Kubilay Kaptan, Sandra Cunha, José Aguiar

A Review: Construction and Demolition Waste as a Novel Source for CO2 Reduction in Portland Cement Production for Concrete

  • Management, Monitoring, Policy and Law
  • Renewable Energy, Sustainability and the Environment
  • Geography, Planning and Development
  • Building and Construction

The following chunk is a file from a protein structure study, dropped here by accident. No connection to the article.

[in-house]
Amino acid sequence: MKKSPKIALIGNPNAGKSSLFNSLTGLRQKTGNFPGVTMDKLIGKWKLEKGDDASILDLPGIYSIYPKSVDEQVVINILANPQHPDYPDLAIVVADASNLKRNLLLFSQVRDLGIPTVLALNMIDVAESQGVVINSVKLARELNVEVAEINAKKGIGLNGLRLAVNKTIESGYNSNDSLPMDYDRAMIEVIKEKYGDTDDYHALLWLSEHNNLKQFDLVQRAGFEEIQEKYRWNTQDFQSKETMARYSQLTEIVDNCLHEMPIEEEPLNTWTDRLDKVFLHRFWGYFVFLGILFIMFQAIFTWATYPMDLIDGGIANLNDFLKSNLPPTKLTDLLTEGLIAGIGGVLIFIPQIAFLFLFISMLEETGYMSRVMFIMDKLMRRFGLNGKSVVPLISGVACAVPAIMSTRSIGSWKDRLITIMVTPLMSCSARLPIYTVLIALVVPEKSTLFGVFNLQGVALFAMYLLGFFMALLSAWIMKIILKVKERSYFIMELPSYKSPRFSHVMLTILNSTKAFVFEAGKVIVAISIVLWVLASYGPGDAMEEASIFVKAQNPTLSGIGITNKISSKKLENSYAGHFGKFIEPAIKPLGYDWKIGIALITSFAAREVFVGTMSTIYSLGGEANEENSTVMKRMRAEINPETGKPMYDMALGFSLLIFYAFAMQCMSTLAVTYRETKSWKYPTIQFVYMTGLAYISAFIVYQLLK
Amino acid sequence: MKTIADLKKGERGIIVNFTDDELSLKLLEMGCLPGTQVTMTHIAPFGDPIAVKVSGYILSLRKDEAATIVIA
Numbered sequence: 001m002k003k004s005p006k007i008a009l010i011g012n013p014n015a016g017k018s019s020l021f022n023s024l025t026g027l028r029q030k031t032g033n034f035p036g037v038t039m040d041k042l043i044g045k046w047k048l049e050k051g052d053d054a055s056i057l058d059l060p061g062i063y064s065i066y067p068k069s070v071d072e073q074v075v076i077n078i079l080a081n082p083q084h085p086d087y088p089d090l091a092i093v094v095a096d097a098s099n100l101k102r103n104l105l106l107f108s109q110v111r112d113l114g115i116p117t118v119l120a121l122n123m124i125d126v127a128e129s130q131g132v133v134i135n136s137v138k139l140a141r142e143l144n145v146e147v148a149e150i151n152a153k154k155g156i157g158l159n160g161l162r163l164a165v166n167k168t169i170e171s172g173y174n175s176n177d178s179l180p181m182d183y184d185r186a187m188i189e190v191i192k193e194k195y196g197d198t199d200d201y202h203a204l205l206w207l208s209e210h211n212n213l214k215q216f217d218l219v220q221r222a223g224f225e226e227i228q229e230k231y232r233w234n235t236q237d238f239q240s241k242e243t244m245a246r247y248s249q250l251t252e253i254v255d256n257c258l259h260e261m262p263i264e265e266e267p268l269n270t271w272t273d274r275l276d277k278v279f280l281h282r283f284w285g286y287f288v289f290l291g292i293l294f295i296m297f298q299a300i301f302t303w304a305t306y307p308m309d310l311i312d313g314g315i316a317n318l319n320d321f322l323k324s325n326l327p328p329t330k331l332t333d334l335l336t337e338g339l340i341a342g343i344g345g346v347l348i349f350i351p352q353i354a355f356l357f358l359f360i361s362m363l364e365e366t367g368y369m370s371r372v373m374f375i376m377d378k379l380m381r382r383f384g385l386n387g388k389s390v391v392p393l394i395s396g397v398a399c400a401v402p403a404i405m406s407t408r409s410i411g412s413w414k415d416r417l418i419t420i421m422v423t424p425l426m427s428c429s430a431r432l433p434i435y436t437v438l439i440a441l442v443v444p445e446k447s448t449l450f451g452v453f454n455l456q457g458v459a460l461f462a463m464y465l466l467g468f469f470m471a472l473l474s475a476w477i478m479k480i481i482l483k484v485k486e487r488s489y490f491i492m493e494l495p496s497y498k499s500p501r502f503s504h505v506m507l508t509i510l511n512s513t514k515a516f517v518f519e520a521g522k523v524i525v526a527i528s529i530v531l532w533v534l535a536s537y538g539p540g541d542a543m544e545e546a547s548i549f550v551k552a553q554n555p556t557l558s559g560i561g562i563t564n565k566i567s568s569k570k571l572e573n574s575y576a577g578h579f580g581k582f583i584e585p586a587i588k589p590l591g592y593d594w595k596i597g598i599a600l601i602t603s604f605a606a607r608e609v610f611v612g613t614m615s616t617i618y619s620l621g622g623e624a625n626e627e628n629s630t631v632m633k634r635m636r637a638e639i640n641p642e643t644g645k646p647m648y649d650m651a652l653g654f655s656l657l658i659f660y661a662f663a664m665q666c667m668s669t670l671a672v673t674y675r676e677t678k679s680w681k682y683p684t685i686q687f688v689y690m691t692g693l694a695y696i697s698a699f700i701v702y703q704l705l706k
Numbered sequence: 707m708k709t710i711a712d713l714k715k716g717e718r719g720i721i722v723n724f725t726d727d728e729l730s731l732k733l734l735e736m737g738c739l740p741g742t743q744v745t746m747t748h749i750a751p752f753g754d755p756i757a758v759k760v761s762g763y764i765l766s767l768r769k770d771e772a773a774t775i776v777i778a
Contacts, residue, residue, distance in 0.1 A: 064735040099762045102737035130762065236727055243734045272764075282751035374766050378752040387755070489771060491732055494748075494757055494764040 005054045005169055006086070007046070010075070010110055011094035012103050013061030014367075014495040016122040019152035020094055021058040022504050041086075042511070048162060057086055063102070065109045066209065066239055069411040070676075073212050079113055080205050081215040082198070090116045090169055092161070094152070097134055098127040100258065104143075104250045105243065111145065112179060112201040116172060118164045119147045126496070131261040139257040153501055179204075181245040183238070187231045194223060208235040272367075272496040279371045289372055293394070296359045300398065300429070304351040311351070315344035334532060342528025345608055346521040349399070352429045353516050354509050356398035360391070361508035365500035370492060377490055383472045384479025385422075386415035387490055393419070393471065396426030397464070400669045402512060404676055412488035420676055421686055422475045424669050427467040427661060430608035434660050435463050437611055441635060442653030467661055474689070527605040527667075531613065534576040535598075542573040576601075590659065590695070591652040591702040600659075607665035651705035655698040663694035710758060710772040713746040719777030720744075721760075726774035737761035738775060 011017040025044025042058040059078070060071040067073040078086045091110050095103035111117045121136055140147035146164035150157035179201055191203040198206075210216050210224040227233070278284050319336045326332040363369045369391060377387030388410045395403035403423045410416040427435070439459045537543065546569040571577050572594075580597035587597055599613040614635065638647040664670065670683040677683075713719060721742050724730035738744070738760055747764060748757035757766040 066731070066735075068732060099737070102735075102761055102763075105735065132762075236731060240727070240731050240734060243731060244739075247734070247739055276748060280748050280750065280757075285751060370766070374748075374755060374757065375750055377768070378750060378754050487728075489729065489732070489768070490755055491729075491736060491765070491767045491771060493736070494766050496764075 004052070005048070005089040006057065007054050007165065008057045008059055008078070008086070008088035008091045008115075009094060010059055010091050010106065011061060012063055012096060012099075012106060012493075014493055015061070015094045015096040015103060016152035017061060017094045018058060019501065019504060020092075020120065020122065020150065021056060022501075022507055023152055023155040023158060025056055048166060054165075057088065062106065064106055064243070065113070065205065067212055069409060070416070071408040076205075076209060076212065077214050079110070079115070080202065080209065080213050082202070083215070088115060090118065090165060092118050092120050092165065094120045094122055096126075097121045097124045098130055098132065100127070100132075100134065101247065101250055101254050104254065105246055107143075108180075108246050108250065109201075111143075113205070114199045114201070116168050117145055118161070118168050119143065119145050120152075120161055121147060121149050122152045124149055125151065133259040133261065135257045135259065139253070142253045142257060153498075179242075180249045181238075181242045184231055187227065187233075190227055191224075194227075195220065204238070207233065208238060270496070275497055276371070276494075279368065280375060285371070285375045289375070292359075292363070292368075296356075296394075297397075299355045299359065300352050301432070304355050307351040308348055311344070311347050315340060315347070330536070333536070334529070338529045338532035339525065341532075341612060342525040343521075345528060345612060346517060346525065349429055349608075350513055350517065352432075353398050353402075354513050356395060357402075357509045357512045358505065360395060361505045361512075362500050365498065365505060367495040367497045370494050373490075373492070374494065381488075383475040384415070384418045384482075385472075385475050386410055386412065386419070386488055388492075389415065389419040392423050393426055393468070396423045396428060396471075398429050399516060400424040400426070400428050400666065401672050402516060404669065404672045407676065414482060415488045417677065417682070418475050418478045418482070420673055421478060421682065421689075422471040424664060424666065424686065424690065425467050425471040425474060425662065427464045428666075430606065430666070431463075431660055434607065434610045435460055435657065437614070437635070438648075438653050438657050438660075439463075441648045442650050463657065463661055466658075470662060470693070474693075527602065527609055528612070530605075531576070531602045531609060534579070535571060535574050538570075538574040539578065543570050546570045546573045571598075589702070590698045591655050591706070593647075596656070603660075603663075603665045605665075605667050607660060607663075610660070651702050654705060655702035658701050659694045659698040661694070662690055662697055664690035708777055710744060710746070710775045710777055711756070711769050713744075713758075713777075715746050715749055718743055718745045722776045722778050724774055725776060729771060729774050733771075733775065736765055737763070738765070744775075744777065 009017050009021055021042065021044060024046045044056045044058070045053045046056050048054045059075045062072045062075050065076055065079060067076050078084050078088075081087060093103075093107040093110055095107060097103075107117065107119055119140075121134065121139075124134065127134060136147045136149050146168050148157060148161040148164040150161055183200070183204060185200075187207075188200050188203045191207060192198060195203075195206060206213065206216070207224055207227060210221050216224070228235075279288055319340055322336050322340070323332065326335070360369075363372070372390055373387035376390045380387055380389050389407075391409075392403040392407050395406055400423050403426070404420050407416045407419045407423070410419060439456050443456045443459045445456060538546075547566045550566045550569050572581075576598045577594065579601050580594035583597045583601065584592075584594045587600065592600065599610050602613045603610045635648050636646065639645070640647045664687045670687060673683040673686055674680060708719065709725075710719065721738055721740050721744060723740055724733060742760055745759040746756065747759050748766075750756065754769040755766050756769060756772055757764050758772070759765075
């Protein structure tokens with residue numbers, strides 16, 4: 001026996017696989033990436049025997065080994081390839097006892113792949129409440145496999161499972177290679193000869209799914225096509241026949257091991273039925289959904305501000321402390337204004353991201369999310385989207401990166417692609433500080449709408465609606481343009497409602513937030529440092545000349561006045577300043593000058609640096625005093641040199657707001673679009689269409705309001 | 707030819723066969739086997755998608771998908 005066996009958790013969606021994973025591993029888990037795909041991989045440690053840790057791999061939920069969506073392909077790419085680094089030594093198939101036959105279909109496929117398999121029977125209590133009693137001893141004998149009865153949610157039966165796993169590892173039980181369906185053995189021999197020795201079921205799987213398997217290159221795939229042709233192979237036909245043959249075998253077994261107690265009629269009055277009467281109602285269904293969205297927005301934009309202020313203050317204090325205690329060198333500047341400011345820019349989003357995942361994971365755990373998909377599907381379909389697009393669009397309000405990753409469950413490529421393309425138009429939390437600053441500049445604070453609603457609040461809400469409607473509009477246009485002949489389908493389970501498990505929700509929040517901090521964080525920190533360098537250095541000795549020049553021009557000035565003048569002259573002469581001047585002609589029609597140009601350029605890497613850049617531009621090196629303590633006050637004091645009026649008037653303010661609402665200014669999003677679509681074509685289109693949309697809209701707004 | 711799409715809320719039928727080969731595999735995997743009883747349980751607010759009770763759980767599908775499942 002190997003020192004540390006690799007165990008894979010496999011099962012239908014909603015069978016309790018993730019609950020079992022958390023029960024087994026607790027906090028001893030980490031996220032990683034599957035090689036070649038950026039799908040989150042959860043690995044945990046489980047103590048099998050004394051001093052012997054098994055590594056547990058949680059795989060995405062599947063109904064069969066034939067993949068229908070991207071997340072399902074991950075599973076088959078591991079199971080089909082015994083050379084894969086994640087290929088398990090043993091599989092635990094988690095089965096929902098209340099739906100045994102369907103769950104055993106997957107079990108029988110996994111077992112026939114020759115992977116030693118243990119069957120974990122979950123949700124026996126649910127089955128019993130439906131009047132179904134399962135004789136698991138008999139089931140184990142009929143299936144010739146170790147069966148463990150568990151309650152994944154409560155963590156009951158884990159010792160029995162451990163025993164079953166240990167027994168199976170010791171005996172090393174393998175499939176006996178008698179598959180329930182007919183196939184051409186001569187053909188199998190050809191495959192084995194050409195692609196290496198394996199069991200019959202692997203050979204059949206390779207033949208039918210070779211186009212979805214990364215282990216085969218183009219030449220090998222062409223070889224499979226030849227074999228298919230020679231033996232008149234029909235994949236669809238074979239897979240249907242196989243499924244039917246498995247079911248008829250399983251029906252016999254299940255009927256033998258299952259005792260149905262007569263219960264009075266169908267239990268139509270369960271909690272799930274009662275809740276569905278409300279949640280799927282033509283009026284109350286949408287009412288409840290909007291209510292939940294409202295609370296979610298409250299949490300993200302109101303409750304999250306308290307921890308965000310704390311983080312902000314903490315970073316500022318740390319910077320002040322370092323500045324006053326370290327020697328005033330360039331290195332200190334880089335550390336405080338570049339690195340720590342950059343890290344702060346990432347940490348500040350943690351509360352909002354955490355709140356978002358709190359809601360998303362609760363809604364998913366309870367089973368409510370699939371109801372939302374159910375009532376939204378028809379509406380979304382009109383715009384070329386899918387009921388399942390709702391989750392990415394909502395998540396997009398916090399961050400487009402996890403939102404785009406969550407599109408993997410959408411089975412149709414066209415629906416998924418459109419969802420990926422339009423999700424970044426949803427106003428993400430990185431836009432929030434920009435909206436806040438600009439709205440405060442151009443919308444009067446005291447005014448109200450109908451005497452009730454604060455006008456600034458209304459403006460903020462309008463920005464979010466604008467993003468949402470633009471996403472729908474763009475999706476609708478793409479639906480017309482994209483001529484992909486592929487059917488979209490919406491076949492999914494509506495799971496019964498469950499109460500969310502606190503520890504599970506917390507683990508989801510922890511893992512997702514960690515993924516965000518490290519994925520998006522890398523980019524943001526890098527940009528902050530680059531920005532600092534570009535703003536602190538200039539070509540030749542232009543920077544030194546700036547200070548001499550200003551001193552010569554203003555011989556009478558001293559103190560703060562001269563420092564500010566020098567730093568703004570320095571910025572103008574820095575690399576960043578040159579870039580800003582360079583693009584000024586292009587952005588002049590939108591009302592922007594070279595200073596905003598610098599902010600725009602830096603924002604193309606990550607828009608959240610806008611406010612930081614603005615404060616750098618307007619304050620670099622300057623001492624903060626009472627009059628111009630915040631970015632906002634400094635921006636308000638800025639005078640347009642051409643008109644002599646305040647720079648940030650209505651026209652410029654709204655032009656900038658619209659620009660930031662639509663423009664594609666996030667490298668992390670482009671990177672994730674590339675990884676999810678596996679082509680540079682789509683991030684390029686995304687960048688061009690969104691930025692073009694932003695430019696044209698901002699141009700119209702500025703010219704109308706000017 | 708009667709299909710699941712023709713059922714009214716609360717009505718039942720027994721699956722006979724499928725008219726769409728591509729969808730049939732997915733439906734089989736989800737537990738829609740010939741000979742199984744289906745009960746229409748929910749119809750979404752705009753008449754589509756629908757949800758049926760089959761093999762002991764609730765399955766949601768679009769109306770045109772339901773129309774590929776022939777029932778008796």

There is an increasing global recognition of the need for environmental sustainability in mitigating the adverse impacts of cement production. Despite the implementation of various carbon dioxide (CO2) mitigation strategies in the cement industry, such as waste heat recovery, the use of alternative raw materials and alternative fuels, energy efficiency improvements, and carbon capture and storage, overall emissions have still increased due to the higher production levels. The resolution of this matter can be efficiently achieved by the substitution of traditional materials with an alternative material, such as calcined clay (CC), construction and demolition waste (CDW), which have a significant impact on various areas of sustainable development, including environmental, economic, and social considerations. The primary objectives of employing CDW in the Portland cement production are twofold: firstly, to mitigate the release of CO2 into the atmosphere, as it is a significant contributor to environmental pollution and climate change; and secondly, to optimize the utilization of waste materials, thereby addressing the challenges associated with their disposal. The purpose of this work is to present a thorough examination of the existing body of literature pertaining to the partial replacement of traditional raw materials by CDW and the partial replacement of Portland cement by CDW and to analyze the resulting impact on CO2 emissions.

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